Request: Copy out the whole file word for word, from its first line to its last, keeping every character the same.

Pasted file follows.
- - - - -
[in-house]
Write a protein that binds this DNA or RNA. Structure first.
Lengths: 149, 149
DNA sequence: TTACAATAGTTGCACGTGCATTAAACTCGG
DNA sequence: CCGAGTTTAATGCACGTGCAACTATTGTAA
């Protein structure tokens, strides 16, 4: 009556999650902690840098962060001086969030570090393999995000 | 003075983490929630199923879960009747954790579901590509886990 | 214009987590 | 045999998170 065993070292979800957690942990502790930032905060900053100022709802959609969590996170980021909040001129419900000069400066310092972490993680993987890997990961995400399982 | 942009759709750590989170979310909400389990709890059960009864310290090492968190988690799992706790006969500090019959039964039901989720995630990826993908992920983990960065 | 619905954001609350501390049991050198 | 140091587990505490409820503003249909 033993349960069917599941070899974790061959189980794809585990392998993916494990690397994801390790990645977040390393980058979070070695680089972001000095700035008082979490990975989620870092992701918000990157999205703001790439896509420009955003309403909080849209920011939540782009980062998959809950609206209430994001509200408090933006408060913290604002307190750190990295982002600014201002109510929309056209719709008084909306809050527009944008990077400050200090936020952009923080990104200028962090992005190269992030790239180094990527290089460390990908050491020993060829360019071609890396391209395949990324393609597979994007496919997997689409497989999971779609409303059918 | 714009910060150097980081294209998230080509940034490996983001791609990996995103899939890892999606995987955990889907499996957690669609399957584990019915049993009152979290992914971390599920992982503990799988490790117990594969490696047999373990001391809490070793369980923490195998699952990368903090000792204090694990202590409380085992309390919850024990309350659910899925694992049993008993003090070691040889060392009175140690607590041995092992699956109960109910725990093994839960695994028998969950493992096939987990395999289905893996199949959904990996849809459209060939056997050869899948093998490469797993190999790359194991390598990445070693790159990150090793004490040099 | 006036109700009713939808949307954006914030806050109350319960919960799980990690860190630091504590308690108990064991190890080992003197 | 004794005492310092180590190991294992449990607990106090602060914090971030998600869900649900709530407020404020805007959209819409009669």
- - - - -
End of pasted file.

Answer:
[in-house]
Write a protein that binds this DNA or RNA. Structure first.
Lengths: 149, 149
DNA sequence: TTACAATAGTTGCACGTGCATTAAACTCGG
DNA sequence: CCGAGTTTAATGCACGTGCAACTATTGTAA
């Protein structure tokens, strides 16, 4: 009556999650902690840098962060001086969030570090393999995000 | 003075983490929630199923879960009747954790579901590509886990 | 214009987590 | 045999998170 065993070292979800957690942990502790930032905060900053100022709802959609969590996170980021909040001129419900000069400066310092972490993680993987890997990961995400399982 | 942009759709750590989170979310909400389990709890059960009864310290090492968190988690799992706790006969500090019959039964039901989720995630990826993908992920983990960065 | 619905954001609350501390049991050198 | 140091587990505490409820503003249909 033993349960069917599941070899974790061959189980794809585990392998993916494990690397994801390790990645977040390393980058979070070695680089972001000095700035008082979490990975989620870092992701918000990157999205703001790439896509420009955003309403909080849209920011939540782009980062998959809950609206209430994001509200408090933006408060913290604002307190750190990295982002600014201002109510929309056209719709008084909306809050527009944008990077400050200090936020952009923080990104200028962090992005190269992030790239180094990527290089460390990908050491020993060829360019071609890396391209395949990324393609597979994007496919997997689409497989999971779609409303059918 | 714009910060150097980081294209998230080509940034490996983001791609990996995103899939890892999606995987955990889907499996957690669609399957584990019915049993009152979290992914971390599920992982503990799988490790117990594969490696047999373990001391809490070793369980923490195998699952990368903090000792204090694990202590409380085992309390919850024990309350659910899925694992049993008993003090070691040889060392009175140690607590041995092992699956109960109910725990093994839960695994028998969950493992096939987990395999289905893996199949959904990996849809459209060939056997050869899948093998490469797993190999790359194991390598990445070693790159990150090793004490040099 | 006036109700009713939808949307954006914030806050109350319960919960799980990690860190630091504590308690108990064991190890080992003197 | 004794005492310092180590190991294992449990607990106090602060914090971030998600869900649900709530407020404020805007959209819409009669």